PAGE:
In elementary school, I think I was in about the 4th grade, all of my girlfriends began developing their breasts. My parents used to tease me and tell me that I was "flat as a board." I admit, I was a little slower than most at developing, but I'll never forget the day my mother brought home a new bra for me.
"It's a training bra," she said. A training bra, what the heck was that? Do your boobs have to be trained? I didn't really know. This little training bra was a stretchy lace strip of fabric with two shoulder straps that hooked in the back. It would cover my tiny breast buds and help me feel a little less self-conscious. I was so proud of that little bra and the next day at school, couldn't wait to tell my friends that I'd gotten one. In the restroom, one of my friends was taking toilet paper and wadding it up to stuff into her training bra. I watched in amazement as she instantly went from a no cup to a B cup.
"Try it," she said and I did. I had a hard time adjusting my toilet paper boobs and inevitably one was bigger than the other. I'd take out the paper and readjust it until I got it right. Hurriedly, I worked to manipulate them into place. We laughed as we went back to class and sat down. We wore our "falsies" all through class and right before time to go home, we'd yank them out so our mothers wouldn't know.
When I was in the eighth grade in high school, all girls had to "dress out" for P.E. I never wanted anyone to see me without my clothes on and I'd always find an excuse to run into the bathroom and change. I've always been a very modest person and have always tried my best to keep myself covered, even at visits to the doctor's office. But when you have breast cancer, it doesn't matter how hard you try ... modesty goes out the window.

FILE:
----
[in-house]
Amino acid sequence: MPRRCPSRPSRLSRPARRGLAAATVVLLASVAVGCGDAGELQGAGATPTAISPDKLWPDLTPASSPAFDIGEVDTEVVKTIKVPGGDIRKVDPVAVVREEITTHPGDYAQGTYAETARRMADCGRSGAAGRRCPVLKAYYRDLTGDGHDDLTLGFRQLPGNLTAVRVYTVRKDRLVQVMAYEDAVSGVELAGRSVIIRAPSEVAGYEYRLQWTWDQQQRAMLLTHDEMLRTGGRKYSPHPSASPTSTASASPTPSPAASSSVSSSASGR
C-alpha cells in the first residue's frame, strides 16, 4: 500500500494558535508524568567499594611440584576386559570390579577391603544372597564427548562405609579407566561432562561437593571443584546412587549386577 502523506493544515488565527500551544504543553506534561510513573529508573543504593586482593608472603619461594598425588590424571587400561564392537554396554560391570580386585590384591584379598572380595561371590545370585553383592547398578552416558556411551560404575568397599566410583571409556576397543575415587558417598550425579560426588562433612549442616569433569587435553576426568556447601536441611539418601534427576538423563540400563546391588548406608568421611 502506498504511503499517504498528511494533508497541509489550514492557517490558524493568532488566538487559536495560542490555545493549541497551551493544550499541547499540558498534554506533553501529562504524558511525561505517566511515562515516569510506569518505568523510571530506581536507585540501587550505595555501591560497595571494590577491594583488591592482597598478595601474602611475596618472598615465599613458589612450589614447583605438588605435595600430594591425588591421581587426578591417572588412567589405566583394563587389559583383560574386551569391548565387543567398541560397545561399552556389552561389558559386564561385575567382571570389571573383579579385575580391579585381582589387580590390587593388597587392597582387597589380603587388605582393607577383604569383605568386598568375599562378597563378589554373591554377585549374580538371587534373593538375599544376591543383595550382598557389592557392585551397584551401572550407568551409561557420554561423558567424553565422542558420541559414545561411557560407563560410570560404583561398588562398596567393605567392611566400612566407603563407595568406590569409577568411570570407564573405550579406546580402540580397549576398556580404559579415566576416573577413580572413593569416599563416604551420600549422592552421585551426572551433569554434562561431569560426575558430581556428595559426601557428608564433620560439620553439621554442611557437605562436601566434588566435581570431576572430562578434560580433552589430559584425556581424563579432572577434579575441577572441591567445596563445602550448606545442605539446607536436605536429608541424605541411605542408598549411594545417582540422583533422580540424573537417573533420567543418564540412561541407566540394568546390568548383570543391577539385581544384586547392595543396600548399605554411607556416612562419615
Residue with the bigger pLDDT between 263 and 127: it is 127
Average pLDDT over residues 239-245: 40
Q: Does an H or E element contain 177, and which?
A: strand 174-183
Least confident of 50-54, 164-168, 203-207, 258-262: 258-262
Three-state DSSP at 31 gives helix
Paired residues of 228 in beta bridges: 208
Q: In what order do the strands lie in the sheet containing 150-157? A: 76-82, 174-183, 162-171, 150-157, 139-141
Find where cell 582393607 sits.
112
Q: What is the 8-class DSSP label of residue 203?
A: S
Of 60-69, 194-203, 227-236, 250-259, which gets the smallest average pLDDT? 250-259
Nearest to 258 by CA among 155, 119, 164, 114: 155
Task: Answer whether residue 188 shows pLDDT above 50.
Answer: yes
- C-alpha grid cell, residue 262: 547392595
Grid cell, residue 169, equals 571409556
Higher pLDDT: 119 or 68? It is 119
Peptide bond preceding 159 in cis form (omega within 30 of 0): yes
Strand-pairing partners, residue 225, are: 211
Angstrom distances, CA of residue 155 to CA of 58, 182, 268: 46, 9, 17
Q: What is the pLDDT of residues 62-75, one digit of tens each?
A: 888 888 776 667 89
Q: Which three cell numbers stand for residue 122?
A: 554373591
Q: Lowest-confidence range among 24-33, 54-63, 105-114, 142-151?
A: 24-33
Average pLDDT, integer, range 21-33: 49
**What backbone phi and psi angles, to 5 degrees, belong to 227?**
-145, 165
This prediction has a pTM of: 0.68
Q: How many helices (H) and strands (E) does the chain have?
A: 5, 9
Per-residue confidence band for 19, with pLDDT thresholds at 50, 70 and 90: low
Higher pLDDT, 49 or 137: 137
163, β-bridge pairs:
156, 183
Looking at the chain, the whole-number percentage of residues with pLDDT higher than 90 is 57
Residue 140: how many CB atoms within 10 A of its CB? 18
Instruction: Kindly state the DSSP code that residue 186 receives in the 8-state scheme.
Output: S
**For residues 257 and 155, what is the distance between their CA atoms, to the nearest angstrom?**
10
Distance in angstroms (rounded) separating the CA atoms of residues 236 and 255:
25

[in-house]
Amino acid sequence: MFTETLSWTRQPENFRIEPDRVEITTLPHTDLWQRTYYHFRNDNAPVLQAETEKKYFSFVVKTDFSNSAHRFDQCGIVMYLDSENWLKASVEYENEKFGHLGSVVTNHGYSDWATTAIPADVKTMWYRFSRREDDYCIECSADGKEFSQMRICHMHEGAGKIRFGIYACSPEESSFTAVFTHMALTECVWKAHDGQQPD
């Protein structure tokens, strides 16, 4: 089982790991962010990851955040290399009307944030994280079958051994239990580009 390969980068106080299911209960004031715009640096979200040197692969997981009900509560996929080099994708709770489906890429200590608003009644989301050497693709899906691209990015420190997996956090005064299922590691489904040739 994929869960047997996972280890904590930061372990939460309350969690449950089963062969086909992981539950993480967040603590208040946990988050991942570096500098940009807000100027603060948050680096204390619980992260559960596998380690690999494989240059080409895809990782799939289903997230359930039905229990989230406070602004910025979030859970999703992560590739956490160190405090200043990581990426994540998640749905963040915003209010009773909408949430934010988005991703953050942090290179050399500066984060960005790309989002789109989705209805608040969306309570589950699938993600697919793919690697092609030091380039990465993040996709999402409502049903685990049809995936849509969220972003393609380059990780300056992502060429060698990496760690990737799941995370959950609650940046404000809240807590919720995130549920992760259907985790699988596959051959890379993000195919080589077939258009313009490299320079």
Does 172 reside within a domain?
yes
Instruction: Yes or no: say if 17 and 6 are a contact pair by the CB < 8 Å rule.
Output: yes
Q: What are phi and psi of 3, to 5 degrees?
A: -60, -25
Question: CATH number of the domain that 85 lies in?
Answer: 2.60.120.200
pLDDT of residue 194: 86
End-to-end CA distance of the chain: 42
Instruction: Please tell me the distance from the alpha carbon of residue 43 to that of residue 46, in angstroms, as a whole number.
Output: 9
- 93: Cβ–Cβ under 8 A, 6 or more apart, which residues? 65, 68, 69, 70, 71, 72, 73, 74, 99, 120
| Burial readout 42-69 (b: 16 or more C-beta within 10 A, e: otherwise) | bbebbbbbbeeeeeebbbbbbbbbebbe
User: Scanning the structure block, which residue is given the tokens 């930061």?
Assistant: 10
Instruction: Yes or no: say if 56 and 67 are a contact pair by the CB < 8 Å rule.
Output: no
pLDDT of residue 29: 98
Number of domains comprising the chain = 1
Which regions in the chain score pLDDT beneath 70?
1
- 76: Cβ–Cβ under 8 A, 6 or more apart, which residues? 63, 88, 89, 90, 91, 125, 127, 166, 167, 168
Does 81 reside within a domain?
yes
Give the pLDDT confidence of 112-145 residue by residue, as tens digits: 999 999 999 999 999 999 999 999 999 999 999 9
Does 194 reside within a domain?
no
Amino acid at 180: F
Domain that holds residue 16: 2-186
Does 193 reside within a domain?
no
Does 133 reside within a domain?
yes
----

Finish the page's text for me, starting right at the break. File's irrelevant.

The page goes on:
The day I went in for my very first mammogram, I knew I was going to be embarrassed to death. I dreaded it and made every excuse I could not to go. My mother encouraged me to go: "You need to get a baseline done when you turn 40," she said.
I did not want to have to bare it all, though, especially in front of someone I'd never met before. I know what you're thinking ... those medical personnel are trained to have the attitude that if you've seen one, you've seen them all, but my breasts were mine. I didn't want anyone else to see them.
When the nurse took me back to the dressing room and showed me where the gowns were kept, I was thankful I’d have an opportunity to cover up. The nurse told me to be sure to put the gown on with the opening in the front. Of course I've always been obedient, so I did as I was told. There were several ribbons to tie up the opening and I fastened every single one of them. When she came to get me and take me to the mammogram room, she looked at me and laughed. I must have made a questioning face because she immediately commented, "Well, I've never seen anyone tie themselves up as well as you have, dear!" Oh great, now she thinks I'm a prude!
I followed her into the exam room and she told me to untie the ribbons and expose myself. Now you'd have to know me to understand exactly how uncomfortable I was at that very moment. I decided the only way I was going to get through this was to pretend I wasn't standing there in the room in the presence of a total stranger with my boobs hanging out. So I tried to think of my favorite camping spot on Cumberland Island. I fixed my mind on the grand oak trees and shady Spanish moss. It worked for a second or two, but then she was right next to me.
She explained she had to place my breast in various positions and that she would be lowering the clear plastic plates down and tightening them in place until she got the best image of my breast. I was even more uncomfortable as she lifted my breast up and moved it into position. I made a point of not looking down at what she was doing because I didn't want to see, and I didn't want her to know how embarrassed I was as she proceeded. I couldn't wait for that experience to be over and vowed never to go get a mammogram again.